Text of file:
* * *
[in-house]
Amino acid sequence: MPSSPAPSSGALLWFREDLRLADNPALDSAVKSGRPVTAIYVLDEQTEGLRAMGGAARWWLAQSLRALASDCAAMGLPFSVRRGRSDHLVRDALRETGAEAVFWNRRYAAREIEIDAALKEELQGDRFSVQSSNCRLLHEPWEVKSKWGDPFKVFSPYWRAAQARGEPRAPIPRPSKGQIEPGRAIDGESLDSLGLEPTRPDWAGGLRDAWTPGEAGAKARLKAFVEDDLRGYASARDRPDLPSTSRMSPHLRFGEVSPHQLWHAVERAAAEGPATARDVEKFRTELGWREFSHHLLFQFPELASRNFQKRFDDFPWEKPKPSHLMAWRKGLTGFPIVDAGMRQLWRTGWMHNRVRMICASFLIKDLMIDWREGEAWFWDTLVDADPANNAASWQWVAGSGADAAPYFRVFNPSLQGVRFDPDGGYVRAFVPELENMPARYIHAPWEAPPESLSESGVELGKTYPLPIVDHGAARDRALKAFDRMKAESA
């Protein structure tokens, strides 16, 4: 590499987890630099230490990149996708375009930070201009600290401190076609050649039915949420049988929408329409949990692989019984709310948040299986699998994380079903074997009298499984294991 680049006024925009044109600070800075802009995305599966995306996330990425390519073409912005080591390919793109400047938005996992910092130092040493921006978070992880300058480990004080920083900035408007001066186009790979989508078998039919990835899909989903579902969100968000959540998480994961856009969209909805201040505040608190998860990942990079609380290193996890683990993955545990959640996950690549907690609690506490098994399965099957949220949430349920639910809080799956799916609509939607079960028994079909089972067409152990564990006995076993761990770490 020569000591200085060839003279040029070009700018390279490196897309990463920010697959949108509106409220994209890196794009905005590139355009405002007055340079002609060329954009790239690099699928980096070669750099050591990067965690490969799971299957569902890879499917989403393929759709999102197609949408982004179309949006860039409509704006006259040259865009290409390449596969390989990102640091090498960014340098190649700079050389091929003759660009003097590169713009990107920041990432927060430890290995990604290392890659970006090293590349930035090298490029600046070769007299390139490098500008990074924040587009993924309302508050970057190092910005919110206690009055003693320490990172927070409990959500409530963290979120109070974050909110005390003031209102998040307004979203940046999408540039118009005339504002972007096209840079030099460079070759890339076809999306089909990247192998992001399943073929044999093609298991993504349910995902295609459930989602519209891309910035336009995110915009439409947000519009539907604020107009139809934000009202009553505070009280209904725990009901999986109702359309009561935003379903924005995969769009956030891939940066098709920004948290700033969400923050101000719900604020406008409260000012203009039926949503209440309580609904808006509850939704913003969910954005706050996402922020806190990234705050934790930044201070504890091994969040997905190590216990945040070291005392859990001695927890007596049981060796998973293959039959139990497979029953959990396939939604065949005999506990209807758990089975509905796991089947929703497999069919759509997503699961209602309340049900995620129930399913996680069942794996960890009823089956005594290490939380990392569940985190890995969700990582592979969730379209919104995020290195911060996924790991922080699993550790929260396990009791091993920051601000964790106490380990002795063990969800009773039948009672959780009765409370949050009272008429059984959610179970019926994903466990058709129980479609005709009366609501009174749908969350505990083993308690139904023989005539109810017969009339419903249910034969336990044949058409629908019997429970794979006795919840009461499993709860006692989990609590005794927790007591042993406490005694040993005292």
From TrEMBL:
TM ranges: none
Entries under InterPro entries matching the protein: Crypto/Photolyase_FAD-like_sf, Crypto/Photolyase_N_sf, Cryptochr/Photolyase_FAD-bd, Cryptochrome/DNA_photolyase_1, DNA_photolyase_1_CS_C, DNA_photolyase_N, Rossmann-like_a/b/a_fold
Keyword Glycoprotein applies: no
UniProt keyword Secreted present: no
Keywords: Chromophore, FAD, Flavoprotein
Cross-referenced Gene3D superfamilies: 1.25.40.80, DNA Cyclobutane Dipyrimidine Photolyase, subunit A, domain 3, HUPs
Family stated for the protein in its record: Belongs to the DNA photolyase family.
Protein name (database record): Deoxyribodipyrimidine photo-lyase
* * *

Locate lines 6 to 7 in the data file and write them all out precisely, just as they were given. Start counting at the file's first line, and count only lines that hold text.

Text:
Entries under InterPro entries matching the protein: Crypto/Photolyase_FAD-like_sf, Crypto/Photolyase_N_sf, Cryptochr/Photolyase_FAD-bd, Cryptochrome/DNA_photolyase_1, DNA_photolyase_1_CS_C, DNA_photolyase_N, Rossmann-like_a/b/a_fold
Keyword Glycoprotein applies: no